Many times, your students with dyslexia or other learning differences mistakenly believe that their brain is somehow defective. You might hear them referring to themselves as stupid. These are insults that are often used to bully or insult children with learning challenges. One of the ways you can empower your students is to teach them about how the brain works. When your students learn about how brains function can help them self-advocate to meet their own learning needs. It can help them speak confidently about their learning processes. And it can help them to create situations that are maximized for their learning success.
Your Kids Want To Learn About How Their Brain Works!
Teaching about the brain’s function will help your students buy into multisensory methods and instruction. In order to be successful, students have to be actively engaged and utilize the multisensory techniques and strategies. Also, it can also be very helpful to teach students about the connections between emotions and learning.
The resources below will provide helpful tips for discussing the parts of the brain in kid-friendly language. It’s important to take time to brainstorm all the wonderful things we can do with our brains! Think of the feelings we have when we use our brains to accomplish something, especially a task that seemed really hard at first.
Since my purpose is showing how the reading brain works to children, I move a bit deeper to explain the four lobes and their functions. I discuss and place a bit more focus on the left hemisphere, since that is where the circuitry is firing away when we are reading and processing language.
You’ll certainly want to simplify language depending on your audience, but don’t shy away from key vocabulary words like occipital, parietal, temporal and frontal with even your younger students.
It’s incredibly helpful to teach your students about their brains, but it can be a little challenging finding a range of brain resources. This list combines books, videos, models and more!
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Brain Resources You Can Use Right Away
1. Brain Hat
Your kids learn best when they can see and touch something. This fun brain hat gives them the opportunity to do that even when learning about the brain. The hat can help them better visualize their brain structure such as different regions having to do with different skills and use that visual model to help them to use their real brain efficiently. When I make this, I usually sit it on top of a baseball hat to make it more durable. BTW-This is a FREE download!
One of the most amazing things about modern brain science is the discovery of the brain’s plasticity. Not only do we never stop learning, but we can grow and stretch our brains in a variety of exciting ways. This book introduces this concept of brain plasticity in a child friendly look at brain anatomy and function. It also teaches a growth mindset that is crucial, especially for your students who may have a long way to go on their journey toward independent reading.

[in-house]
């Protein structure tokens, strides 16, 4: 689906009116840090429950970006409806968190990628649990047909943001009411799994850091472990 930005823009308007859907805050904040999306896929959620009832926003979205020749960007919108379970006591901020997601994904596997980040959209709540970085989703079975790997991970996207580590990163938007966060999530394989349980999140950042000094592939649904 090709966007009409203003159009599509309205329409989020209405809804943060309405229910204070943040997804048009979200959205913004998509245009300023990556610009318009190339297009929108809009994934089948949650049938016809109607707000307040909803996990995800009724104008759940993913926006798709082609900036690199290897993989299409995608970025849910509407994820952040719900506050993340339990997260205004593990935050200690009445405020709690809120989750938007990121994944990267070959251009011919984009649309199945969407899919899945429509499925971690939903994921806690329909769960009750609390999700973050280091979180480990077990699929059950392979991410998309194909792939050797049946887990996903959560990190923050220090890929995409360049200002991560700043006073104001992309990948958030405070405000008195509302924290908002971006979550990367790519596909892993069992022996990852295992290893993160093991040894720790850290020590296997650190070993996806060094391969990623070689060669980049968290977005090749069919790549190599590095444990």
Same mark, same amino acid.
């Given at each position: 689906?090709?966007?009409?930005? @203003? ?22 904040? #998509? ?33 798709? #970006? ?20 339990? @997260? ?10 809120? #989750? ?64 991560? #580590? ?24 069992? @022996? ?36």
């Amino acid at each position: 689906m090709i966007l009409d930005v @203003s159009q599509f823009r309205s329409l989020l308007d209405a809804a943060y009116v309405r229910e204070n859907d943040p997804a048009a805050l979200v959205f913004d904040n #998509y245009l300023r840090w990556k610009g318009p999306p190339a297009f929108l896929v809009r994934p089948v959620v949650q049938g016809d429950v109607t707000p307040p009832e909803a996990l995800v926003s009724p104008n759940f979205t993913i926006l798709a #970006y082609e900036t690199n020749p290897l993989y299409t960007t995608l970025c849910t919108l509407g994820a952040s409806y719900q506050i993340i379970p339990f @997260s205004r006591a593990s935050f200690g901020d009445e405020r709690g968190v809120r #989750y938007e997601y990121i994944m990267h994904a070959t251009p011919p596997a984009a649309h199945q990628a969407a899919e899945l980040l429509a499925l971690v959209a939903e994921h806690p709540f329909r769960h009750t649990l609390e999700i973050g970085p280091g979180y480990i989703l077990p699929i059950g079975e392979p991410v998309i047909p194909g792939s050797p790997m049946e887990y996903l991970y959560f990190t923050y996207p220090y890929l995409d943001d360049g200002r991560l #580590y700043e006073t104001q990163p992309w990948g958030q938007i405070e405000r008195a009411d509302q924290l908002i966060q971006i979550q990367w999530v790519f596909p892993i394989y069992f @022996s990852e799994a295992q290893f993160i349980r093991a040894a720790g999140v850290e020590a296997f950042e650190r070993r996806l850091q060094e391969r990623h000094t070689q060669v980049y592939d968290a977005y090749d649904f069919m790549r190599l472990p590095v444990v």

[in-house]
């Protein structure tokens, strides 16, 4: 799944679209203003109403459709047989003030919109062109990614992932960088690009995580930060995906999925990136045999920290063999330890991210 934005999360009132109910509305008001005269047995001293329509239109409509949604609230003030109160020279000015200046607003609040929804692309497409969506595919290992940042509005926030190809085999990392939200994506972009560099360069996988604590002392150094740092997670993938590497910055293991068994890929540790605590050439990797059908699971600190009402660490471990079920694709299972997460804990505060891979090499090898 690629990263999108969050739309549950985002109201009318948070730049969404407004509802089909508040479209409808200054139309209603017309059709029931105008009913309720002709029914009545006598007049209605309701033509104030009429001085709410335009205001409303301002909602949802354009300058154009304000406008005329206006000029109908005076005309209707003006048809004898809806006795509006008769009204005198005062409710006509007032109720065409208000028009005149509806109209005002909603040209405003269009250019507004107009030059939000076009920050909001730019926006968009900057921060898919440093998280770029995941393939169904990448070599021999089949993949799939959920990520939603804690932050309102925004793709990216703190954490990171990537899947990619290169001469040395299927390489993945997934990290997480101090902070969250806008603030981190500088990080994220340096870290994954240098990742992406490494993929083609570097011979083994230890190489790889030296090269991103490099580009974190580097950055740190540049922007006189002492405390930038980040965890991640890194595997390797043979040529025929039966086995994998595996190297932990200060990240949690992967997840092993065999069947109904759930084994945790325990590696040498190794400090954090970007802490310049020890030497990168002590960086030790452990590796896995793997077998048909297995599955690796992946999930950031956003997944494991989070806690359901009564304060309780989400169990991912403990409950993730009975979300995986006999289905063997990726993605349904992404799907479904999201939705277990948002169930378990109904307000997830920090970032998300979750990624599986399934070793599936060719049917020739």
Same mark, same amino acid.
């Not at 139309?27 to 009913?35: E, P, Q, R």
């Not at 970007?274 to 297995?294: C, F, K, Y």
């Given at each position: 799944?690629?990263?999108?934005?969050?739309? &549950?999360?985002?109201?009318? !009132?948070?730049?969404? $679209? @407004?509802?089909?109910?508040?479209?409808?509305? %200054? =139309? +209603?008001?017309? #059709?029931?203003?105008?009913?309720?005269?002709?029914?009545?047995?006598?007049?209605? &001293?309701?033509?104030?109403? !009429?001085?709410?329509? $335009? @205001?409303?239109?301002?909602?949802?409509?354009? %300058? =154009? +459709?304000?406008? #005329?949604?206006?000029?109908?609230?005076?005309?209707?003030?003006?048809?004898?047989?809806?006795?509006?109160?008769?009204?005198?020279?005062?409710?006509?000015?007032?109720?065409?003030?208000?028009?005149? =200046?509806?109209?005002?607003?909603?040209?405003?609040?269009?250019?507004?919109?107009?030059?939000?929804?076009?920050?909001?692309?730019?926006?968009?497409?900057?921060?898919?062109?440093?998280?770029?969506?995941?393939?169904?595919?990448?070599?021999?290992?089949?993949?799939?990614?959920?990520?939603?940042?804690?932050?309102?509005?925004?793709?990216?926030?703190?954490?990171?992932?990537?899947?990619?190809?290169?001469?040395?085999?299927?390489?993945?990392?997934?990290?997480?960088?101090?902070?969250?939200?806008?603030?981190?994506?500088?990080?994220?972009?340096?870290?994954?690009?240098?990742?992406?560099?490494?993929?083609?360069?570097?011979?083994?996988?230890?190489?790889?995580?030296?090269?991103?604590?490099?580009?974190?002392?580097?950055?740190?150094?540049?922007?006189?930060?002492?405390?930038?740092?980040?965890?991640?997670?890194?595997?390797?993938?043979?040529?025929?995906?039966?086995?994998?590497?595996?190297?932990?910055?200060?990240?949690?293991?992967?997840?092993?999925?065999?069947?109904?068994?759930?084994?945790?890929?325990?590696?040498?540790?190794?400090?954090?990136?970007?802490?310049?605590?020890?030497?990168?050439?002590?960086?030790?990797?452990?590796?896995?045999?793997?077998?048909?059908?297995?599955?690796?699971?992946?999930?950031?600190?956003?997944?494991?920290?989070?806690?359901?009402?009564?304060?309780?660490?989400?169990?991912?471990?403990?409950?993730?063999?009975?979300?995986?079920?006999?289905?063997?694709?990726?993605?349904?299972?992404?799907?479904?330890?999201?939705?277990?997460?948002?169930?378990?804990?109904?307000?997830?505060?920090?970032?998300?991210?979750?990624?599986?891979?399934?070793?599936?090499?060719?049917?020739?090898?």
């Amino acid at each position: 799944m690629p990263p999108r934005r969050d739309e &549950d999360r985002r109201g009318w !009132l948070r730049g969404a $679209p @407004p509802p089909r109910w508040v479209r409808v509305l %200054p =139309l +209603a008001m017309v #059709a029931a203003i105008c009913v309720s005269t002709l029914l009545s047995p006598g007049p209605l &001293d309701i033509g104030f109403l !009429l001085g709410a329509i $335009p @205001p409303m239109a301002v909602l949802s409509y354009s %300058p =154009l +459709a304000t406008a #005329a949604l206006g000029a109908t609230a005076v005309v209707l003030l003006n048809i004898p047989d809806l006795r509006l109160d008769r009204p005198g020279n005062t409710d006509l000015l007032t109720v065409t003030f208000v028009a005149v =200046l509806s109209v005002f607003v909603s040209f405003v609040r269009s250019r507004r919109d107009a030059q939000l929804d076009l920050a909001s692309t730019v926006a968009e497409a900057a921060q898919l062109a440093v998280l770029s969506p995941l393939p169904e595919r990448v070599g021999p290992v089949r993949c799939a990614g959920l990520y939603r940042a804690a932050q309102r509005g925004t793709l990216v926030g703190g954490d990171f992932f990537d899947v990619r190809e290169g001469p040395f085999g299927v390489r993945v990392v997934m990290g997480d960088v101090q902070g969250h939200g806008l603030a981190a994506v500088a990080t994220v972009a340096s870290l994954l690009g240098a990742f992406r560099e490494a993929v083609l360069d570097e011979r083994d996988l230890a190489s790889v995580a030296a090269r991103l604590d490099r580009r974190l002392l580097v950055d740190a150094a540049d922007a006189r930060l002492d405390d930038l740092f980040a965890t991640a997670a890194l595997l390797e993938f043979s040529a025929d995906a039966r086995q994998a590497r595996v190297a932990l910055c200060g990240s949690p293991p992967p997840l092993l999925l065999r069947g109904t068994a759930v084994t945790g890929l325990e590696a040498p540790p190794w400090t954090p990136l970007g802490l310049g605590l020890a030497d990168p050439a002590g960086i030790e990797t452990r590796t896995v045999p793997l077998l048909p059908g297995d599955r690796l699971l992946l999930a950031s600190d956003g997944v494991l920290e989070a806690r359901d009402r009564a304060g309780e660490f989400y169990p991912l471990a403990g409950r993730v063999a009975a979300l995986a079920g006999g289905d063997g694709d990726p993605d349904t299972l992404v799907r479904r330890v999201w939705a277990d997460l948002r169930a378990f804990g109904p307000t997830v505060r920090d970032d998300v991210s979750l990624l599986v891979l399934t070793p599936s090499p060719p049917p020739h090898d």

Using videos can be helpful for introducing information about the brain, growth mindset, and parts of the brain. Depending on your child’s personality and age, there are very simple animated explanations, to much more complex examinations of brain anatomy and function. These videos are particularly useful if the thought of explaining something as complex as the brain is overwhelming to you.
- How the Brain Works for Kids
- How Your Brain Works: Dr. Binocs Show
- Developing a Growth Mindset
- Use Your Brain: SciShow Kids
- LearnStorm Growth Mindset: The Truth About Your Brain
- Your Big Brilliant Brain: Operation Ouch
You’ll love this fascinating look inside the human brain in a nonfiction picture book appropriate even for early elementary school students. The state-of-the-art radiological images allow students to see brain structures and neurons. Computer enhanced imagery begins to unlock the mysterious secrets of the human brain.
5. Make a brain Model: My Fantastic, Elastic, Thinking Brain
Like the brain hat, the use of a brain model allows your students to see and interact with the brain in a way that is engaging and memorable. This activity uses Your Fantastic, Elastic Brain and includes a colored coded diagram for students to create and label a brain diagram. You’ll find it as a PDF and in Google Slides! This is a great activity to use with teachers, too.
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BONUS: The Language Triangle
Enjoy these mini posters as a tool for teaching your students about the role of multisensory methods in learning. This visual aid demonstrates the importance of all the components of multisensory instruction, the visual, the auditory, and the kinesthetic. When students understand how these instructional methods help them, they are going to be more committed and less likely to avoid using the tools. I’ve included several different versions in this freebie to be representative.
I hope these resources have you thinking about ways to empower your students with new knowledge about the brain!
You may also enjoy, “12 Children’s Books With Dyslexic Characters You Can’t Miss.”